Wednesday, May 2, 2007

Story Jar - Yellow Shirts in Thailand

Published in the Patriot, copyright 2007 - Elaine Hardman

November 2006 was yellow shirts time in Thailand. We first noticed them at the Bangkok airport and thought the people were part of a tour but then I saw a man in a yellow shirt carrying a ladder. He wasn’t part of a tour group nor was the woman who was sweeping. Hey, there were yellow shirts everywhere - yellow shirts like you wouldn’t believe.
We missed our plane in Bangkok. Someone in a yellow shirt might have told us that they changed the gate after printing our boarding passes. A yellow shirt might have let us out of the security area so we could look for help or might have agreed to make a call for us but no yellow shirts came to our rescue.
The airlines changed our booking to the next morning and sent us to a hotel. The taxi driver should have gotten us there in 20 minutes but he drove around for an hour asking people in yellow and other shirts for the location of the Ibis Hotel. Finally he took us to a slick, western hotel probably thinking that getting rid of us was in his best interest but we could tell from the portico that we’d have to leave a stack of money at the desk to stay there while the Ibis would welcome us for $25. We couldn’t explain all of that since his understanding of English was limited to hotel names and the cost of a ride.
Luckily workers at this hotel knew where the Ibis was and drew a map for the driver and we celebrated - for a little while. We had to ask for directions two more times. Through the ordeal we saw people in yellow shirts and even saw shops selling nothing but yellow shirts.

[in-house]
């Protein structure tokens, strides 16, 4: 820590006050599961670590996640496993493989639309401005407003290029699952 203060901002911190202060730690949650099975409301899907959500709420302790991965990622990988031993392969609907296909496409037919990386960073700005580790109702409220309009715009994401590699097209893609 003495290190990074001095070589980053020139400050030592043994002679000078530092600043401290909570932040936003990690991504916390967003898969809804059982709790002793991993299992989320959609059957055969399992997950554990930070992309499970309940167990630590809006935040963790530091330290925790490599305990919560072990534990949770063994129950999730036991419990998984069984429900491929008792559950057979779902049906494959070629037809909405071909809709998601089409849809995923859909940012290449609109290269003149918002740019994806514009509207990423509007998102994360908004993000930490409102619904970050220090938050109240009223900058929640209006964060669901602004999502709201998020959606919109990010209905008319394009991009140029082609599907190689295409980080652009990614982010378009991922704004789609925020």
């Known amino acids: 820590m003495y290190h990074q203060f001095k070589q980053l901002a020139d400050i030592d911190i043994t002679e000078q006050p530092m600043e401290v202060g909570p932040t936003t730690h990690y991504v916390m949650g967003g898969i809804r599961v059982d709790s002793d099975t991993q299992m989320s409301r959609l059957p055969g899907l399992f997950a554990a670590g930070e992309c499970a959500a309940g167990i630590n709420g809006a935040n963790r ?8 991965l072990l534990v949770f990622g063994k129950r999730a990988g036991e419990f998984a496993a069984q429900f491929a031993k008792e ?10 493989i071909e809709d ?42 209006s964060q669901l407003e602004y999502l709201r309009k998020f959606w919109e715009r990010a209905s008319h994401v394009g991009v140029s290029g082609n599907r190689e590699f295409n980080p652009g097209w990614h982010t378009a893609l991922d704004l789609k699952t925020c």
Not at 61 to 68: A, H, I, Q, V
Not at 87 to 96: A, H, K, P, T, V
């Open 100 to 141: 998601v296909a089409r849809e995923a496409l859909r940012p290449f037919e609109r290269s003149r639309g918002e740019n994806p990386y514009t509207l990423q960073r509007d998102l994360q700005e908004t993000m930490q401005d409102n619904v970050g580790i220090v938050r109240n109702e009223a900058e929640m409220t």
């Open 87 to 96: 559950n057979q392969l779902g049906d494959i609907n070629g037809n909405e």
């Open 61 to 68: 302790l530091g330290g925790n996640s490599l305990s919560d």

Finally we found the Ibis Hotel where the manager, another gorgeous Thai woman in a country full of beautiful women, explained that the king was celebrating his 60th year on the throne so people wore yellow shirts with his crest every Monday.
Thailand is a country of uniforms. Every factory, restaurant and hotel has its own uniform so it’s reasonable that Thais would jump into yet another uniform for their king.

These shirts were flexible uniforms – uniform in color. Well-dressed ladies wore yellow silk jackets. Men and women wore camp shirts with the king’s crest on a pocket and bunnies prancing around the hem. Workers wore yellow polo shirts with pink or white collars and golden embroidered crests. Participation in this yellow shirt gig was accepted with wild exuberance.

I wore my own not-yellow shirts while snapping photos of people in yellow shirts in stores, on sidewalks and in the mall. Rick sat waiting (hiding) while I rode up the escalator 4 times trying for a clear shot of a store full of perfect, yellow shirts - shoppers and workers – while feeling happy that we had missed that plane.

Emilie created this blog and then created one for herself. Emilie's blog is dedicated to cooking and other matters of life in Boston.

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